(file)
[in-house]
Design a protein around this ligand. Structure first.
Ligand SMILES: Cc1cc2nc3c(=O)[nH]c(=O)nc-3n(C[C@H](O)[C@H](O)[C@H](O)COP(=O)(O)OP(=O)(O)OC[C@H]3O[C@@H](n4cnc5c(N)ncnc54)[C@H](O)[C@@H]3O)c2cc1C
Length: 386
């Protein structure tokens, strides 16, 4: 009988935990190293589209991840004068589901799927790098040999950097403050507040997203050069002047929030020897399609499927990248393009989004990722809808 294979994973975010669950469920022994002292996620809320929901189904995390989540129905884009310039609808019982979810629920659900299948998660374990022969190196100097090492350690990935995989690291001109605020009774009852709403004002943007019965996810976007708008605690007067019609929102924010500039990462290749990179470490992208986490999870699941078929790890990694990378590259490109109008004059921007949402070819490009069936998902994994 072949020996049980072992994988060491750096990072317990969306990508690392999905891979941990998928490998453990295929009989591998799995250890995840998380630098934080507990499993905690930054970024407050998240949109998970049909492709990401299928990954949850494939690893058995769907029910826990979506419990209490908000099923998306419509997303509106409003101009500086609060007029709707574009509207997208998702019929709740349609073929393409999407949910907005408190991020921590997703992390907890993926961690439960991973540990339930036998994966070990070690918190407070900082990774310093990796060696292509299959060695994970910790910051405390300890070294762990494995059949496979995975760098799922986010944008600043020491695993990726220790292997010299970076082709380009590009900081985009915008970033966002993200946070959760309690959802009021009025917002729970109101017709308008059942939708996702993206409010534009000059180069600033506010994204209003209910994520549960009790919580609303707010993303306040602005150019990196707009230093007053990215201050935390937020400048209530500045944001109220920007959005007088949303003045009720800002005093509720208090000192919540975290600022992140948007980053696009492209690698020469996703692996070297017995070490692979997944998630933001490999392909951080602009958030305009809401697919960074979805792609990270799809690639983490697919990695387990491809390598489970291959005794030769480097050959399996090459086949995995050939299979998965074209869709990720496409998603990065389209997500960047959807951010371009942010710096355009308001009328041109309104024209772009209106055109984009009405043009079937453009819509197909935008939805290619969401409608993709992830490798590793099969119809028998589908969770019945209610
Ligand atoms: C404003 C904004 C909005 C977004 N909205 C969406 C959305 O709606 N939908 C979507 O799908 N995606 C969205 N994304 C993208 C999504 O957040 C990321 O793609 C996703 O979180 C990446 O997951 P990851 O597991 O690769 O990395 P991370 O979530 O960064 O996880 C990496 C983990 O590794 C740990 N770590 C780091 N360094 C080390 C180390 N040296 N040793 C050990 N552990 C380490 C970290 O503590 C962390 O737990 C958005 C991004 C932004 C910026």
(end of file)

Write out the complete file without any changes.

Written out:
[in-house]
Design a protein around this ligand. Structure first.
Ligand SMILES: Cc1cc2nc3c(=O)[nH]c(=O)nc-3n(C[C@H](O)[C@H](O)[C@H](O)COP(=O)(O)OP(=O)(O)OC[C@H]3O[C@@H](n4cnc5c(N)ncnc54)[C@H](O)[C@@H]3O)c2cc1C
Length: 386
């Protein structure tokens, strides 16, 4: 009988935990190293589209991840004068589901799927790098040999950097403050507040997203050069002047929030020897399609499927990248393009989004990722809808 294979994973975010669950469920022994002292996620809320929901189904995390989540129905884009310039609808019982979810629920659900299948998660374990022969190196100097090492350690990935995989690291001109605020009774009852709403004002943007019965996810976007708008605690007067019609929102924010500039990462290749990179470490992208986490999870699941078929790890990694990378590259490109109008004059921007949402070819490009069936998902994994 072949020996049980072992994988060491750096990072317990969306990508690392999905891979941990998928490998453990295929009989591998799995250890995840998380630098934080507990499993905690930054970024407050998240949109998970049909492709990401299928990954949850494939690893058995769907029910826990979506419990209490908000099923998306419509997303509106409003101009500086609060007029709707574009509207997208998702019929709740349609073929393409999407949910907005408190991020921590997703992390907890993926961690439960991973540990339930036998994966070990070690918190407070900082990774310093990796060696292509299959060695994970910790910051405390300890070294762990494995059949496979995975760098799922986010944008600043020491695993990726220790292997010299970076082709380009590009900081985009915008970033966002993200946070959760309690959802009021009025917002729970109101017709308008059942939708996702993206409010534009000059180069600033506010994204209003209910994520549960009790919580609303707010993303306040602005150019990196707009230093007053990215201050935390937020400048209530500045944001109220920007959005007088949303003045009720800002005093509720208090000192919540975290600022992140948007980053696009492209690698020469996703692996070297017995070490692979997944998630933001490999392909951080602009958030305009809401697919960074979805792609990270799809690639983490697919990695387990491809390598489970291959005794030769480097050959399996090459086949995995050939299979998965074209869709990720496409998603990065389209997500960047959807951010371009942010710096355009308001009328041109309104024209772009209106055109984009009405043009079937453009819509197909935008939805290619969401409608993709992830490798590793099969119809028998589908969770019945209610
Ligand atoms: C404003 C904004 C909005 C977004 N909205 C969406 C959305 O709606 N939908 C979507 O799908 N995606 C969205 N994304 C993208 C999504 O957040 C990321 O793609 C996703 O979180 C990446 O997951 P990851 O597991 O690769 O990395 P991370 O979530 O960064 O996880 C990496 C983990 O590794 C740990 N770590 C780091 N360094 C080390 C180390 N040296 N040793 C050990 N552990 C380490 C970290 O503590 C962390 O737990 C958005 C991004 C932004 C910026």